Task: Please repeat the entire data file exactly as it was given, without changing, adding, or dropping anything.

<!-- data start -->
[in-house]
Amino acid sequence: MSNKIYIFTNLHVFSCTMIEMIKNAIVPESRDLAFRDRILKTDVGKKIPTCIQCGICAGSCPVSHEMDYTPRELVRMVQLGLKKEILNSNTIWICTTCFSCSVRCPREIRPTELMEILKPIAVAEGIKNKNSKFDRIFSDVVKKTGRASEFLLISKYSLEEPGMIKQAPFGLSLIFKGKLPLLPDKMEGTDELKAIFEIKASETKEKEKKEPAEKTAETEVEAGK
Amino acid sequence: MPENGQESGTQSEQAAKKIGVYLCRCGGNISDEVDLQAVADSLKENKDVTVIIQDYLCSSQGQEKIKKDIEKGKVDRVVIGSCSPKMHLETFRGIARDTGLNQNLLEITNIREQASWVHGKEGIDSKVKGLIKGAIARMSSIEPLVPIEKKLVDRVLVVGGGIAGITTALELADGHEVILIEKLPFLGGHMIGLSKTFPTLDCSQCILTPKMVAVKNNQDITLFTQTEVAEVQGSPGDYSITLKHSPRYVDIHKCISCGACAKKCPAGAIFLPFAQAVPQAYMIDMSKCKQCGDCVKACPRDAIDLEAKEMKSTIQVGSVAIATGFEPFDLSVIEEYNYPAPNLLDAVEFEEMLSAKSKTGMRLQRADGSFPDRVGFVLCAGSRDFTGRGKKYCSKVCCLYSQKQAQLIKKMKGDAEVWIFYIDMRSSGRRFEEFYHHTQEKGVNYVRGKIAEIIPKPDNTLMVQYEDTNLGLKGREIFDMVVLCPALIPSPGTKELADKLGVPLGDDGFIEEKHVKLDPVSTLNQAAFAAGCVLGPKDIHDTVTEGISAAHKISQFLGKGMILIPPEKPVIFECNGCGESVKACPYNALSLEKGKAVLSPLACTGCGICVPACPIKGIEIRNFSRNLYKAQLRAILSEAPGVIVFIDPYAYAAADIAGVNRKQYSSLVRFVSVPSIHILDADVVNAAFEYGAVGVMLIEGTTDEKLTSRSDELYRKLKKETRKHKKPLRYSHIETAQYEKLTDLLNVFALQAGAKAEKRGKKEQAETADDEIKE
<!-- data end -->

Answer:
[in-house]
Amino acid sequence: MSNKIYIFTNLHVFSCTMIEMIKNAIVPESRDLAFRDRILKTDVGKKIPTCIQCGICAGSCPVSHEMDYTPRELVRMVQLGLKKEILNSNTIWICTTCFSCSVRCPREIRPTELMEILKPIAVAEGIKNKNSKFDRIFSDVVKKTGRASEFLLISKYSLEEPGMIKQAPFGLSLIFKGKLPLLPDKMEGTDELKAIFEIKASETKEKEKKEPAEKTAETEVEAGK
Amino acid sequence: MPENGQESGTQSEQAAKKIGVYLCRCGGNISDEVDLQAVADSLKENKDVTVIIQDYLCSSQGQEKIKKDIEKGKVDRVVIGSCSPKMHLETFRGIARDTGLNQNLLEITNIREQASWVHGKEGIDSKVKGLIKGAIARMSSIEPLVPIEKKLVDRVLVVGGGIAGITTALELADGHEVILIEKLPFLGGHMIGLSKTFPTLDCSQCILTPKMVAVKNNQDITLFTQTEVAEVQGSPGDYSITLKHSPRYVDIHKCISCGACAKKCPAGAIFLPFAQAVPQAYMIDMSKCKQCGDCVKACPRDAIDLEAKEMKSTIQVGSVAIATGFEPFDLSVIEEYNYPAPNLLDAVEFEEMLSAKSKTGMRLQRADGSFPDRVGFVLCAGSRDFTGRGKKYCSKVCCLYSQKQAQLIKKMKGDAEVWIFYIDMRSSGRRFEEFYHHTQEKGVNYVRGKIAEIIPKPDNTLMVQYEDTNLGLKGREIFDMVVLCPALIPSPGTKELADKLGVPLGDDGFIEEKHVKLDPVSTLNQAAFAAGCVLGPKDIHDTVTEGISAAHKISQFLGKGMILIPPEKPVIFECNGCGESVKACPYNALSLEKGKAVLSPLACTGCGICVPACPIKGIEIRNFSRNLYKAQLRAILSEAPGVIVFIDPYAYAAADIAGVNRKQYSSLVRFVSVPSIHILDADVVNAAFEYGAVGVMLIEGTTDEKLTSRSDELYRKLKKETRKHKKPLRYSHIETAQYEKLTDLLNVFALQAGAKAEKRGKKEQAETADDEIKE